Lastline SSH Key-Based Authentication for “monitoring” User

If you are using a Lastline device (Manager, Engine, Sensor or Pinbox) you can reach the machine via SSH after you activated it via monitoring_user_password . However, per default this uses only a password for authentication. If you want to use the key-based authentication for this “monitoring” user account you can add the public key to the authorized_keys file for that user.

This is a small record on how to add a public key to the Lastline device. However, it is quite general since the Lastline appliance is built upon a standard Ubuntu server.

Just as a quick reminder, this is how you enable the SSH login on a Lastline box in general. Note that this requires console access:

(The following guide is not an official guide from Lastline! Talk to the Lastline support or to your SE in order to confirm this for your installation.)

Adding Public Keys

The main goal is to copy the public ssh-key into the  ~/.ssh/authorized_keys  file for the user called “monitoring”. If you are not familiar with public/private SSH keys at all, refer to this or that.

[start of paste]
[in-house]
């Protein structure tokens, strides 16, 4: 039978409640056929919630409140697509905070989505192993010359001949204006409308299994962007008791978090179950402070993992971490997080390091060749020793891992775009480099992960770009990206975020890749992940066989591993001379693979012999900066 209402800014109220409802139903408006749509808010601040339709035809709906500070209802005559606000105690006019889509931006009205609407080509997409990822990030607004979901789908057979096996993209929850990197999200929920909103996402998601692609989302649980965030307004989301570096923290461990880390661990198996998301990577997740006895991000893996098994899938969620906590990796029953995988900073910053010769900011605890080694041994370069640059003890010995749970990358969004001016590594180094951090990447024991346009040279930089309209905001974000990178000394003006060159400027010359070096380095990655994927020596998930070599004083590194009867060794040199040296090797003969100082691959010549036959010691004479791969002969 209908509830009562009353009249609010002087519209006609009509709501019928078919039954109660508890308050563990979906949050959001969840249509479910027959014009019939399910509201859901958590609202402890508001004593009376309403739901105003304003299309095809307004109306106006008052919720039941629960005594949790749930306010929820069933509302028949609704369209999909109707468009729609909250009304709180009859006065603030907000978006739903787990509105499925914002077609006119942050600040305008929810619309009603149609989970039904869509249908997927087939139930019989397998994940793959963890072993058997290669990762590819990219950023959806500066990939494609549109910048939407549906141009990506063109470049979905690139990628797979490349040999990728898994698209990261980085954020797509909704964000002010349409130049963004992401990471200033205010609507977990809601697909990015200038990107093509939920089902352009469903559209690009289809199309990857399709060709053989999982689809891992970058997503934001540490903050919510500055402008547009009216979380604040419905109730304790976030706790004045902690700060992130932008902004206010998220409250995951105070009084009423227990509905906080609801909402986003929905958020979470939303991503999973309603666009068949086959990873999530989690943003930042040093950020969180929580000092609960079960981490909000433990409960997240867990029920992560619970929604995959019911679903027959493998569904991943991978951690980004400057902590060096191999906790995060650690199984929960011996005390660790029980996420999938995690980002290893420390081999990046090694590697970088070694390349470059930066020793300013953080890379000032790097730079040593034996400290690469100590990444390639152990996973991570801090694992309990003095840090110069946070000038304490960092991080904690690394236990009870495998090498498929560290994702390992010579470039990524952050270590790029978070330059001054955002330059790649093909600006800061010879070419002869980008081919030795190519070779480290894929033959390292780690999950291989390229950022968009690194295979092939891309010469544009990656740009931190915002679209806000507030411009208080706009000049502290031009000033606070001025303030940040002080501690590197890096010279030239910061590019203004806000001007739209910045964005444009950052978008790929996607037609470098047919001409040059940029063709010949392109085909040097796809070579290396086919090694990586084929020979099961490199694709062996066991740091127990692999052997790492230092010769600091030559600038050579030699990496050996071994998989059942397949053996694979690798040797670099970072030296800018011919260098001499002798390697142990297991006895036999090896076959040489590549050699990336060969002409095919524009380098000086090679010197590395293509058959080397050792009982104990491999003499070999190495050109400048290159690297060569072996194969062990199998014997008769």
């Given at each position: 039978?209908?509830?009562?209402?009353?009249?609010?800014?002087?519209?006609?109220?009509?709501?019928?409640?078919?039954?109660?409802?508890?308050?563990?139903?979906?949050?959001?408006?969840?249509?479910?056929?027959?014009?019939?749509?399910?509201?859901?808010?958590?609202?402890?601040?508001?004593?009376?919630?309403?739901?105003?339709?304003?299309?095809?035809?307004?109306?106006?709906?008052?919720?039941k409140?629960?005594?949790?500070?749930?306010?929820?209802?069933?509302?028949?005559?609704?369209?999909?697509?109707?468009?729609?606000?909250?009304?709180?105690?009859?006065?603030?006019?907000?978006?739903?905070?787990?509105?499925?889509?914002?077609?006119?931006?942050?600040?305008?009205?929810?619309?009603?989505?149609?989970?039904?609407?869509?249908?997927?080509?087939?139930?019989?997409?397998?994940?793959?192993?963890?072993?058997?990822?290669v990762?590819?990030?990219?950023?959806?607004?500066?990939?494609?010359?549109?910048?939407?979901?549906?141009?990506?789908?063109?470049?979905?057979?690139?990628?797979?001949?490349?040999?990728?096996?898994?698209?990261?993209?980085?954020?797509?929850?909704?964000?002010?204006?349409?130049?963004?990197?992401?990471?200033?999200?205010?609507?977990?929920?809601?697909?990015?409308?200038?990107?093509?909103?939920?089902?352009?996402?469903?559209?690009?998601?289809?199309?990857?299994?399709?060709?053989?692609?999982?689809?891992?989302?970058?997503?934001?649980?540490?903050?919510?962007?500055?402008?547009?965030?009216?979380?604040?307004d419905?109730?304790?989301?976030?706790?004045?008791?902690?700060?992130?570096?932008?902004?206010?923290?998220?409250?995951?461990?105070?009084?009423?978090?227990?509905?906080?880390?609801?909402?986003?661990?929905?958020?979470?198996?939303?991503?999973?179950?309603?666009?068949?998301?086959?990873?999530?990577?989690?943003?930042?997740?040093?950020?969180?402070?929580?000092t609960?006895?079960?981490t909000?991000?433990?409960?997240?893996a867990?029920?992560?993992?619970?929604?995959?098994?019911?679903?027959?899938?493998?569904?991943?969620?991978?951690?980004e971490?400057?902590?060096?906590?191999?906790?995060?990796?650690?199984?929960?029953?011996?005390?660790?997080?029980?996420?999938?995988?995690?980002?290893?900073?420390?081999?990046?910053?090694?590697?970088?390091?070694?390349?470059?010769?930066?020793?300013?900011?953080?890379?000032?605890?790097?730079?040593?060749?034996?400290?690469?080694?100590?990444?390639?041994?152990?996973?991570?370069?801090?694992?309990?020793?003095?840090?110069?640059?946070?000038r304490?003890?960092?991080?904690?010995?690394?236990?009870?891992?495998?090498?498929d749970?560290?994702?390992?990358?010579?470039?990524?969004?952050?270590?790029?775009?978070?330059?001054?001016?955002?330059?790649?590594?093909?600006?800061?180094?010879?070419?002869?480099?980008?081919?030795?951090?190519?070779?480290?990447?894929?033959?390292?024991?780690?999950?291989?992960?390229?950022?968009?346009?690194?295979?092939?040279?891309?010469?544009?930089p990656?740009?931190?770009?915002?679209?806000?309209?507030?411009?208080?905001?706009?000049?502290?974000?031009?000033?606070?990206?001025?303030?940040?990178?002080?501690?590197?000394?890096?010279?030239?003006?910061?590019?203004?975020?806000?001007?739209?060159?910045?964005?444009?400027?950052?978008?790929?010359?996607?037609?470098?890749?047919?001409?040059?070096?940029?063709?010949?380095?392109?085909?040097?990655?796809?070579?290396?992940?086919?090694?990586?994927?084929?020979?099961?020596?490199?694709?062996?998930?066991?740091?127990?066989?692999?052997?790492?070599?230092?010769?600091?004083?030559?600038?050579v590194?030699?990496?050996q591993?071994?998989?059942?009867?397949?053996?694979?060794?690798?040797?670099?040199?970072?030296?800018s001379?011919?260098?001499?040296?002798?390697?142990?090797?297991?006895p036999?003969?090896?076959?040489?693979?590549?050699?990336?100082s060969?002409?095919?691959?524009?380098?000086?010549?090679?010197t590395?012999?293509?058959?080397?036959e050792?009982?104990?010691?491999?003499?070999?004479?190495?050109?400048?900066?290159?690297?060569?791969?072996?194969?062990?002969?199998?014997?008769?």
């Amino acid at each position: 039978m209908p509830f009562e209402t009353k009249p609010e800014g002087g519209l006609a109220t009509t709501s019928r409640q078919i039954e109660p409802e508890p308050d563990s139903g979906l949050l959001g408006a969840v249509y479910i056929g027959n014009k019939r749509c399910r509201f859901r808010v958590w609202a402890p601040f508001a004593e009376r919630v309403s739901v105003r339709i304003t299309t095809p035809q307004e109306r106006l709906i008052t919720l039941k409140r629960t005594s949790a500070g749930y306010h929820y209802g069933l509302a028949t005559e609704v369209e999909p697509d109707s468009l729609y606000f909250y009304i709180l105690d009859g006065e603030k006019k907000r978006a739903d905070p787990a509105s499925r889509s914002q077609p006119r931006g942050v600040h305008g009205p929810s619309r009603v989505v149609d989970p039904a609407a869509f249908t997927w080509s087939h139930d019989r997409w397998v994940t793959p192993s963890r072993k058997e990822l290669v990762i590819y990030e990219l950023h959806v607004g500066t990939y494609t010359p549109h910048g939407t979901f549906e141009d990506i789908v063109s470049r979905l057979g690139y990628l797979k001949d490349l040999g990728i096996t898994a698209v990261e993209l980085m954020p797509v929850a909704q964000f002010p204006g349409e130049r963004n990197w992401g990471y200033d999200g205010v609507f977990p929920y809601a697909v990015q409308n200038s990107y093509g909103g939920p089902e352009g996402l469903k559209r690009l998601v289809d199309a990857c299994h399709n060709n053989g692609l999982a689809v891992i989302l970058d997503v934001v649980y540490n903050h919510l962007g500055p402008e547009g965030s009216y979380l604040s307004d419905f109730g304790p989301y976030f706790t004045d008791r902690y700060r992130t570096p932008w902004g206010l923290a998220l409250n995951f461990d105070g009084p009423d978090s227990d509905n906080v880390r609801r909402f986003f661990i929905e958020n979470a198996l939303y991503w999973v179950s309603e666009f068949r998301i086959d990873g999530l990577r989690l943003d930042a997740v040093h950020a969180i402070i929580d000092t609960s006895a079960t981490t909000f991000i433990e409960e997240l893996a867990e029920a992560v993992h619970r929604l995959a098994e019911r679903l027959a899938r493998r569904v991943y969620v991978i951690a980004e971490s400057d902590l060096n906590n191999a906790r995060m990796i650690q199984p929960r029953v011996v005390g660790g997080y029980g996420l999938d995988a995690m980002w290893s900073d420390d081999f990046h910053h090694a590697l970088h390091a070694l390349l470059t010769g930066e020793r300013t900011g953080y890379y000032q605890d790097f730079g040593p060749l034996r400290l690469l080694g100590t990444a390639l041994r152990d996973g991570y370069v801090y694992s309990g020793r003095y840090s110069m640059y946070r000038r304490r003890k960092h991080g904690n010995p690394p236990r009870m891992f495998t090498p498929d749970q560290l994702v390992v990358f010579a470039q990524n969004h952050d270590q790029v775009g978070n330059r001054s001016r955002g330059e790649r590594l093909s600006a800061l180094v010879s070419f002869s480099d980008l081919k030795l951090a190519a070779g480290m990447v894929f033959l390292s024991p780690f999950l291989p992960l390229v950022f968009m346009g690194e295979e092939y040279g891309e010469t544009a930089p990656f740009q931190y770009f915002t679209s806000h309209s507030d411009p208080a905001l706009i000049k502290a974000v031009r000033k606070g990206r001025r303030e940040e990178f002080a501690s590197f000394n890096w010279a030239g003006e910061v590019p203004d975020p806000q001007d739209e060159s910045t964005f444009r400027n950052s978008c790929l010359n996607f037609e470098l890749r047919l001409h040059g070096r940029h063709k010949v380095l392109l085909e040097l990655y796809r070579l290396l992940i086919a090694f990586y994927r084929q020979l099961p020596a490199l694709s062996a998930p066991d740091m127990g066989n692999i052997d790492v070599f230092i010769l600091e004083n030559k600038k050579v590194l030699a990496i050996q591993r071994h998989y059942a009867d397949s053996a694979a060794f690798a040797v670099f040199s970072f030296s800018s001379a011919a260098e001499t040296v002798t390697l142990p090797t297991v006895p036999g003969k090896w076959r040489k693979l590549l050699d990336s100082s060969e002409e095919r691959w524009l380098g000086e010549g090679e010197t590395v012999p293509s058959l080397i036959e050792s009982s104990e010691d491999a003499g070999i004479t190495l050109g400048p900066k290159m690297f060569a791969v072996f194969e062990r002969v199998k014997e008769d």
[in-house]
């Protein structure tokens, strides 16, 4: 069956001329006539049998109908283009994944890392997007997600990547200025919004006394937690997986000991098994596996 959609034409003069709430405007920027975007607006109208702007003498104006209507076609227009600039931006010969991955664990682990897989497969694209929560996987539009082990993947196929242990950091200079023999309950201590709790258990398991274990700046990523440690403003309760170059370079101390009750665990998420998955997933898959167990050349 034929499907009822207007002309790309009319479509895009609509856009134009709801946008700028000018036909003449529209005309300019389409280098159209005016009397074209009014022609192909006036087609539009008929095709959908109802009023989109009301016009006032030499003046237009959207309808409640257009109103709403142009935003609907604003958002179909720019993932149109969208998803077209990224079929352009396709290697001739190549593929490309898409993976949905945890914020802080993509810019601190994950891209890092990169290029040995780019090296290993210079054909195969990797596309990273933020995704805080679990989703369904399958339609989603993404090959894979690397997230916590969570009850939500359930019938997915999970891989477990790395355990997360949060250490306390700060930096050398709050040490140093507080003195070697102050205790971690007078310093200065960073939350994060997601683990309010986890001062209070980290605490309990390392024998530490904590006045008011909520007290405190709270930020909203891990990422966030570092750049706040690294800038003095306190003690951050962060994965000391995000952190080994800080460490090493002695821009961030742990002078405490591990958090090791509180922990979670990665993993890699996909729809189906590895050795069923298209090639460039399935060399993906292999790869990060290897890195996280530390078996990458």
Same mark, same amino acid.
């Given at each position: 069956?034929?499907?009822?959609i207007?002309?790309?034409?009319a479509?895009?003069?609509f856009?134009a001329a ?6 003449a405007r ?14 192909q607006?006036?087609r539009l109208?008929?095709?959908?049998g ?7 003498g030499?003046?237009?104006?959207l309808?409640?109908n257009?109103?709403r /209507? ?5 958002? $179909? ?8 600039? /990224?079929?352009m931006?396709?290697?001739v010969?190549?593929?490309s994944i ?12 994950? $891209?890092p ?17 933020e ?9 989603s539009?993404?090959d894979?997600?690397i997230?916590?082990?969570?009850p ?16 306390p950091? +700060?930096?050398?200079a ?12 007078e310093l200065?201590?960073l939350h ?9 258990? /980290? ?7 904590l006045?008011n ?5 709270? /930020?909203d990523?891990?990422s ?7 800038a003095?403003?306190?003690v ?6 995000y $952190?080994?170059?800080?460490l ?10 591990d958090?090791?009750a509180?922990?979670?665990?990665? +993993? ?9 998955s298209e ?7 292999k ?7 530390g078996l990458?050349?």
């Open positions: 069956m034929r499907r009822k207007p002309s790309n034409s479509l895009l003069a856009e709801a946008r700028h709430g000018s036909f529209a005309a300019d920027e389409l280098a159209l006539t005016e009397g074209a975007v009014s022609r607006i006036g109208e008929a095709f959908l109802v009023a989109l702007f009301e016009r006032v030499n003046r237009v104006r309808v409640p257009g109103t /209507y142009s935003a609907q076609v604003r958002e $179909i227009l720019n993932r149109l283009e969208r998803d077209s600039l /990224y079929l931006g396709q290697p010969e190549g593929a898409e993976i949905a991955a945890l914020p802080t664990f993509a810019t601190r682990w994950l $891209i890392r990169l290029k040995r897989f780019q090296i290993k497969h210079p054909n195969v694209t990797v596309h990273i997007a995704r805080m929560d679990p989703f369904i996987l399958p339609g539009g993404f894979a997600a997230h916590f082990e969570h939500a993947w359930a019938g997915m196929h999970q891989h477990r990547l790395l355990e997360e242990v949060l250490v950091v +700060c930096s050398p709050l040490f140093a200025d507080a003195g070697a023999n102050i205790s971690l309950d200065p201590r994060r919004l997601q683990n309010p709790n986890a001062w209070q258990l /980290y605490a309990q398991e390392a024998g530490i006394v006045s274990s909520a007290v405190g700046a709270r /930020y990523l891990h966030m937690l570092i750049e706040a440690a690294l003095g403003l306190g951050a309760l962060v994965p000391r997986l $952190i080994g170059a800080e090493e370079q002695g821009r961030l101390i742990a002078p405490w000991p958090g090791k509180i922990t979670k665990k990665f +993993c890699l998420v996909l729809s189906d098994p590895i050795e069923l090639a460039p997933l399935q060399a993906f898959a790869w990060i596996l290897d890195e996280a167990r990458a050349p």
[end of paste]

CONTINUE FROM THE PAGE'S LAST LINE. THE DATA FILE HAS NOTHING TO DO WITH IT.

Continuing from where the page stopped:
There are many ways to copy the public key into the authorized_keys file. If you are on the local machine you can concatenate it with “>>” such as:

Another way is to use ssh-copy-id  when you are logged into the jump host which has the public key. With this way the authorized_keys file is created with the correct file permissions. This is my preferred way. Here is an example:

In any case you should check that the file permissions are rw only for the user! If not, change it with: sudo chmod 0600 ~/.ssh/*

The following listing shows the ~/.ssh/ folder on my Lastline Pinbox. Note the authorized_keys file with the correct permissions and its content:

That’s it! You are now able to log in with the SSH key-based authentication. For example with PuTTY this looks like that. Note the third line which requires to type in the passphrase for the private key. Also note that there was no challenge for the password itself:

[Disabling Password Authentication]

Though it is possible to disable the password authentication at all it is not officially acknowledged by Lastline. However, if you are willing to test it configure the following within the sshd_config file. (Note: NOT the ssh_config but the sshd_config. Note the “d” for daemon that is listening to incoming ssh connections.):


Featured image: “Data Center” by Bob Mical is licensed under CC BY-NC 2.0.

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